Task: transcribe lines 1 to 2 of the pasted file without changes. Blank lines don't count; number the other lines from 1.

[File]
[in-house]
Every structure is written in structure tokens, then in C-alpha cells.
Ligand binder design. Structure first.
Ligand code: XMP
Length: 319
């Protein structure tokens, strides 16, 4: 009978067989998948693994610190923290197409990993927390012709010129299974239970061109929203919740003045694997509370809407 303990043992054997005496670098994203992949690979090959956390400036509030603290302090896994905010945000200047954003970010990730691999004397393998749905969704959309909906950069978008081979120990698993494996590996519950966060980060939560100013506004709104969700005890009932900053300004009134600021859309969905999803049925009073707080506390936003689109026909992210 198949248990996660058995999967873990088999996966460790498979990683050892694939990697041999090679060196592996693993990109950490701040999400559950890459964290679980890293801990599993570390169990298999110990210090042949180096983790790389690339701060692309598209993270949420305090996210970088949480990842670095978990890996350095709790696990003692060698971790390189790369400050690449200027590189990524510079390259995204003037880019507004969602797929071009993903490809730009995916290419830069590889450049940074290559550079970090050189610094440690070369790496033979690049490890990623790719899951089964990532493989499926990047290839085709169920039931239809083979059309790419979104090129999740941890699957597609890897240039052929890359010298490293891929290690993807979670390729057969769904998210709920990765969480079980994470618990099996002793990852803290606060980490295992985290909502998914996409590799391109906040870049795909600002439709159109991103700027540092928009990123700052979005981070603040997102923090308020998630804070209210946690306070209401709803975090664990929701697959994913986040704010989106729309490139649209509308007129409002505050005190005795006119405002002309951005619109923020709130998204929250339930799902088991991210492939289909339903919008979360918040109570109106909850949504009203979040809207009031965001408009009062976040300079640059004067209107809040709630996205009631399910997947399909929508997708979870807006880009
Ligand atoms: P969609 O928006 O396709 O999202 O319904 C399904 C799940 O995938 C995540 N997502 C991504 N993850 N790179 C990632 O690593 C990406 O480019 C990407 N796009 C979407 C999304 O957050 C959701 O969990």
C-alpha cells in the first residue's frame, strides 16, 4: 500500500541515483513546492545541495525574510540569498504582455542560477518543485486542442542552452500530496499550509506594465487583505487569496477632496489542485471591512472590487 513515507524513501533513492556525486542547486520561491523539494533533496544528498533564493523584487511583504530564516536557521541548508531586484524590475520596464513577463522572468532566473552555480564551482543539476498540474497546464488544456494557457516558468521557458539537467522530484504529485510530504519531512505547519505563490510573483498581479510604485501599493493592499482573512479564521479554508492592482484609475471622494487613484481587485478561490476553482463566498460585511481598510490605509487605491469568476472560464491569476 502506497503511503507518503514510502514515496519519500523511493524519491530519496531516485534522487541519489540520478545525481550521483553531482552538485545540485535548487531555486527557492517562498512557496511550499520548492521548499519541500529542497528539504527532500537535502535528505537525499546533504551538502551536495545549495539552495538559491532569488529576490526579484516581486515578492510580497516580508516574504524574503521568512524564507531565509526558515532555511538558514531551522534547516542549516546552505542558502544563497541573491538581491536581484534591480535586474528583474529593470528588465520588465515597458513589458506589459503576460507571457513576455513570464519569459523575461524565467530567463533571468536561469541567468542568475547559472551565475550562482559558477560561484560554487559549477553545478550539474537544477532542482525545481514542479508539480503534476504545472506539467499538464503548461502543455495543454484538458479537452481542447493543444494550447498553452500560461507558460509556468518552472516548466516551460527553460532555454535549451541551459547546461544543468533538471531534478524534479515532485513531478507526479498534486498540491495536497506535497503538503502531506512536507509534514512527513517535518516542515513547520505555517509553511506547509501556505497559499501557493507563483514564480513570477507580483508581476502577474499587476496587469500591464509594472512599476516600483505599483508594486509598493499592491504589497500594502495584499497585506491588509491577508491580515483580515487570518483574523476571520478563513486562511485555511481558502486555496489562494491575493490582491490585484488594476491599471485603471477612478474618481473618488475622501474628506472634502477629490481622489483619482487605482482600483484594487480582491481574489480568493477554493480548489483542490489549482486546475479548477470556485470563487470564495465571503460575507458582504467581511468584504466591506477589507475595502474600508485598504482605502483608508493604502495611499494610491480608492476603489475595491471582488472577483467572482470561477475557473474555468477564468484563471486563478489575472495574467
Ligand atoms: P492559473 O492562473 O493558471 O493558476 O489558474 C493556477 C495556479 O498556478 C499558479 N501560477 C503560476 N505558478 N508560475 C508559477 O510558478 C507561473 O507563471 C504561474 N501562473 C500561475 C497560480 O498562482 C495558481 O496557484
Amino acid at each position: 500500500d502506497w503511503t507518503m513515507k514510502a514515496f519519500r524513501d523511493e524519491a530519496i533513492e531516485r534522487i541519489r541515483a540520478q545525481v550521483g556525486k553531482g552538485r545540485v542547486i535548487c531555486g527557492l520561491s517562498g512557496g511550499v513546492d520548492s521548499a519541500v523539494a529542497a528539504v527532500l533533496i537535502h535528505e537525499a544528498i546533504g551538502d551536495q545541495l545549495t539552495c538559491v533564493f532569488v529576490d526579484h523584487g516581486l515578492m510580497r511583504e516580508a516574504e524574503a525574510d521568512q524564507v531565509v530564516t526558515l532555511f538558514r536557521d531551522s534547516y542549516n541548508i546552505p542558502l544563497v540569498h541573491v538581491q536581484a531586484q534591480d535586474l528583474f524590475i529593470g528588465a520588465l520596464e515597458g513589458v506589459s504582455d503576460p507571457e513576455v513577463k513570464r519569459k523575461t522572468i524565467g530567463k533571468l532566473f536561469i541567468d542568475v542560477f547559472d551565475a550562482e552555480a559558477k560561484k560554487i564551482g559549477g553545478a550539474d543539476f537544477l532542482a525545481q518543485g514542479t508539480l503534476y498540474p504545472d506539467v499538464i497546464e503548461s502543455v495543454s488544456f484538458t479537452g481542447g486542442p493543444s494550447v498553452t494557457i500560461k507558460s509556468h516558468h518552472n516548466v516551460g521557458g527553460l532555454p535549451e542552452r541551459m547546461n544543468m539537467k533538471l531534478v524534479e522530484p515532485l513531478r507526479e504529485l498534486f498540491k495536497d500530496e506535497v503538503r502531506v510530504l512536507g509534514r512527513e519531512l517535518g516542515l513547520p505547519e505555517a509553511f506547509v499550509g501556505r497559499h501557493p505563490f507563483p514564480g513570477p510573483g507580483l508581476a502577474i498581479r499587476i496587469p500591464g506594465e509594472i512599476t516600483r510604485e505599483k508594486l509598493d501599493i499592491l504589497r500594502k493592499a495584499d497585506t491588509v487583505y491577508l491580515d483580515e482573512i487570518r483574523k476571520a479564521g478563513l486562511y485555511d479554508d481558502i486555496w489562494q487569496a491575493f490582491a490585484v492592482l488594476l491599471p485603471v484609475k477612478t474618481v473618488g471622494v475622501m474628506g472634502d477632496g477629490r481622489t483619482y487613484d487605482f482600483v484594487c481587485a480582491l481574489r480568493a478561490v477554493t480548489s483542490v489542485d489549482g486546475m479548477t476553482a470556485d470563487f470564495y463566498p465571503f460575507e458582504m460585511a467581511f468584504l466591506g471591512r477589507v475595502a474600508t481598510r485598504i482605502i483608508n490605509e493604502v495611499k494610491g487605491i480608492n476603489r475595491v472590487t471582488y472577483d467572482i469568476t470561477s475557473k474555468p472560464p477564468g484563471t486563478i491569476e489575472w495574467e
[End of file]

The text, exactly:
[in-house]
Every structure is written in structure tokens, then in C-alpha cells.